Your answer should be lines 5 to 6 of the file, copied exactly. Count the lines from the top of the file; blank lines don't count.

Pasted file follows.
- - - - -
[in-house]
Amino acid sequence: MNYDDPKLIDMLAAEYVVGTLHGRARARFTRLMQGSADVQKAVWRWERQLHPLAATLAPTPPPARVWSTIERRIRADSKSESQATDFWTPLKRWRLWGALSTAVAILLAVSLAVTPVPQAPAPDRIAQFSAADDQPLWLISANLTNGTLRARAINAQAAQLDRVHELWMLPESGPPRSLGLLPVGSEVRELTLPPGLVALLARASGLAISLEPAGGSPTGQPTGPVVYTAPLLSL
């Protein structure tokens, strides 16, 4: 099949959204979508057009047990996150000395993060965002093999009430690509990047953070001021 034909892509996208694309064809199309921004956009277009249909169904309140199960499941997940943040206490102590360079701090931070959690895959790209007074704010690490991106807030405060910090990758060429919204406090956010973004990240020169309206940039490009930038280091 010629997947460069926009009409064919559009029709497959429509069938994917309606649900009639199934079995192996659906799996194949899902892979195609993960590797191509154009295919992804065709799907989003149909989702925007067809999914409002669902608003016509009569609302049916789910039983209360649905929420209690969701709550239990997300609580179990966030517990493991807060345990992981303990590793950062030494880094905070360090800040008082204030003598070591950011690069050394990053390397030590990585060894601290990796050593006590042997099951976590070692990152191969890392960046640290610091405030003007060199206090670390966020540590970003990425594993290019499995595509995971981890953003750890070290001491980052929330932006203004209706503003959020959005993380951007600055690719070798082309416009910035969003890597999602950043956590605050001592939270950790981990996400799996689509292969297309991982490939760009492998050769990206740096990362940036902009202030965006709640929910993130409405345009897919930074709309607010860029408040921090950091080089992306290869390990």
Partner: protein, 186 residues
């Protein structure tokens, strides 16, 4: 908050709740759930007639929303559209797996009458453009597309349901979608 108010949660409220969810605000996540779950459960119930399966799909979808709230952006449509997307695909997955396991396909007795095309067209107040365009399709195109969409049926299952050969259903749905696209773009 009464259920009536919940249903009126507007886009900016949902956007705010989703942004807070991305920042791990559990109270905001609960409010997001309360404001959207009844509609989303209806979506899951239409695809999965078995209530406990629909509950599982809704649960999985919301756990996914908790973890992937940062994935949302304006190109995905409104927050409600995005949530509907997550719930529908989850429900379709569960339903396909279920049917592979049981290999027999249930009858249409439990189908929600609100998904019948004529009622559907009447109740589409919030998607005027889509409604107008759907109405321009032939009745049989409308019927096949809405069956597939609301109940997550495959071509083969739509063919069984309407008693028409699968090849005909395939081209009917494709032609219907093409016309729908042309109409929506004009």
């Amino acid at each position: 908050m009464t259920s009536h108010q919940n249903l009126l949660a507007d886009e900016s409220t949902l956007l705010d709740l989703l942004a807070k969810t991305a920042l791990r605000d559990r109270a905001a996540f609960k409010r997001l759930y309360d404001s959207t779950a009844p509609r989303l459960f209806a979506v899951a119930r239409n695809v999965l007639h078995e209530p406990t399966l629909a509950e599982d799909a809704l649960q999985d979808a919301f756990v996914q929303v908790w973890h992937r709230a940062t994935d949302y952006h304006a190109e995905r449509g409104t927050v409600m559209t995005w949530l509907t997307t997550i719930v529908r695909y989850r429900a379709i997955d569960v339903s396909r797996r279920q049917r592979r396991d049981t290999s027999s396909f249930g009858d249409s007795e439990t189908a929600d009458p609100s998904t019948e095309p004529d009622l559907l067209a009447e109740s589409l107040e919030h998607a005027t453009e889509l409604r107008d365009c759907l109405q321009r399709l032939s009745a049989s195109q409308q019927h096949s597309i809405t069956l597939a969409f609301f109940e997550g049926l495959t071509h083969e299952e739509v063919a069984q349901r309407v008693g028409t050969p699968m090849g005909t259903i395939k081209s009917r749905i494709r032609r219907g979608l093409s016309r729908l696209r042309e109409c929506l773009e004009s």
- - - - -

């Protein structure tokens, strides 16, 4: 908050709740759930007639929303559209797996009458453009597309349901979608 108010949660409220969810605000996540779950459960119930399966799909979808709230952006449509997307695909997955396991396909007795095309067209107040365009399709195109969409049926299952050969259903749905696209773009 009464259920009536919940249903009126507007886009900016949902956007705010989703942004807070991305920042791990559990109270905001609960409010997001309360404001959207009844509609989303209806979506899951239409695809999965078995209530406990629909509950599982809704649960999985919301756990996914908790973890992937940062994935949302304006190109995905409104927050409600995005949530509907997550719930529908989850429900379709569960339903396909279920049917592979049981290999027999249930009858249409439990189908929600609100998904019948004529009622559907009447109740589409919030998607005027889509409604107008759907109405321009032939009745049989409308019927096949809405069956597939609301109940997550495959071509083969739509063919069984309407008693028409699968090849005909395939081209009917494709032609219907093409016309729908042309109409929506004009």
């Amino acid at each position: 908050m009464t259920s009536h108010q919940n249903l009126l949660a507007d886009e900016s409220t949902l956007l705010d709740l989703l942004a807070k969810t991305a920042l791990r605000d559990r109270a905001a996540f609960k409010r997001l759930y309360d404001s959207t779950a009844p509609r989303l459960f209806a979506v899951a119930r239409n695809v999965l007639h078995e209530p406990t399966l629909a509950e599982d799909a809704l649960q999985d979808a919301f756990v996914q929303v908790w973890h992937r709230a940062t994935d949302y952006h304006a190109e995905r449509g409104t927050v409600m559209t995005w949530l509907t997307t997550i719930v529908r695909y989850r429900a379709i997955d569960v339903s396909r797996r279920q049917r592979r396991d049981t290999s027999s396909f249930g009858d249409s007795e439990t189908a929600d009458p609100s998904t019948e095309p004529d009622l559907l067209a009447e109740s589409l107040e919030h998607a005027t453009e889509l409604r107008d365009c759907l109405q321009r399709l032939s009745a049989s195109q409308q019927h096949s597309i809405t069956l597939a969409f609301f109940e997550g049926l495959t071509h083969e299952e739509v063919a069984q349901r309407v008693g028409t050969p699968m090849g005909t259903i395939k081209s009917r749905i494709r032609r219907g979608l093409s016309r729908l696209r042309e109409c929506l773009e004009s």